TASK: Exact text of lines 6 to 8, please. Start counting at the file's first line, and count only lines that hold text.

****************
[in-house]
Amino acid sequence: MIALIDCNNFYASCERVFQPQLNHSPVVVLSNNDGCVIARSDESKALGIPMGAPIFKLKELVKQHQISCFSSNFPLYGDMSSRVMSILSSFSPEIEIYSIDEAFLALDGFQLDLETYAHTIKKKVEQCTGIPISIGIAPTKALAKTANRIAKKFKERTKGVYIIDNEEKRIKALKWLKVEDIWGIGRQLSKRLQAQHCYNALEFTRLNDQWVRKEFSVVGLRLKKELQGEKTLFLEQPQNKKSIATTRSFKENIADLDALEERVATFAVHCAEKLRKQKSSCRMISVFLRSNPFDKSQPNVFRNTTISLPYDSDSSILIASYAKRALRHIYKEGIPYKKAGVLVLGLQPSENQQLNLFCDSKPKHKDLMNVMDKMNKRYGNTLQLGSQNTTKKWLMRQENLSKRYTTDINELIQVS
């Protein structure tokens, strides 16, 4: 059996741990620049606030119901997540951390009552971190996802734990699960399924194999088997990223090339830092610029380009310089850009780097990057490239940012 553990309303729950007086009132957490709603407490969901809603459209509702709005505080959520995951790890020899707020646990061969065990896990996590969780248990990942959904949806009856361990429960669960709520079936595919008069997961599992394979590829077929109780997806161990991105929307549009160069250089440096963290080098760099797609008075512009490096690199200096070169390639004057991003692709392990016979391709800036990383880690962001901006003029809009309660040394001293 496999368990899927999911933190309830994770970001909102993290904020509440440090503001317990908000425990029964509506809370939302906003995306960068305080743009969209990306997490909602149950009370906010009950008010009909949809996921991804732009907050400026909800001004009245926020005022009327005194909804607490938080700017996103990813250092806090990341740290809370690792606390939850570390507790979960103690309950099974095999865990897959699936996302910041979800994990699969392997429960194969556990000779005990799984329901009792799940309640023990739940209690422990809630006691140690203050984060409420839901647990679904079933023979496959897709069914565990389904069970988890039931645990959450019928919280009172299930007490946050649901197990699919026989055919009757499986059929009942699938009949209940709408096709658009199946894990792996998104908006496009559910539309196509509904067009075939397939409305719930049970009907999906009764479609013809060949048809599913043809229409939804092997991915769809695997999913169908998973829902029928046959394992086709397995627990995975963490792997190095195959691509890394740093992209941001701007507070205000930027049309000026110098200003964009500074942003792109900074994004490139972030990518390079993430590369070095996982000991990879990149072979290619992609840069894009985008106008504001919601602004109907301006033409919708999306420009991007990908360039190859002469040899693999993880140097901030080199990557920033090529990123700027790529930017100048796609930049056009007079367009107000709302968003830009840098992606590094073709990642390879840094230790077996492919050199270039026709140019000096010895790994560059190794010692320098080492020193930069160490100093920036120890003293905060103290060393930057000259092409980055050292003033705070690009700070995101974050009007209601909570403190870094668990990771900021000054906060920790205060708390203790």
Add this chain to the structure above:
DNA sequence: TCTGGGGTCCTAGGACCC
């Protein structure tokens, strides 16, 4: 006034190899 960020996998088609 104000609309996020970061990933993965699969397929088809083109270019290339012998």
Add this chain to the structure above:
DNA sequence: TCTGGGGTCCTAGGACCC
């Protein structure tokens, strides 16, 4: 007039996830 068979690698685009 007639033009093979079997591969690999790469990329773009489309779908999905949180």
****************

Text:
């Protein structure tokens, strides 16, 4: 006034190899 960020996998088609 104000609309996020970061990933993965699969397929088809083109270019290339012998």
Add this chain to the structure above:
DNA sequence: TCTGGGGTCCTAGGACCC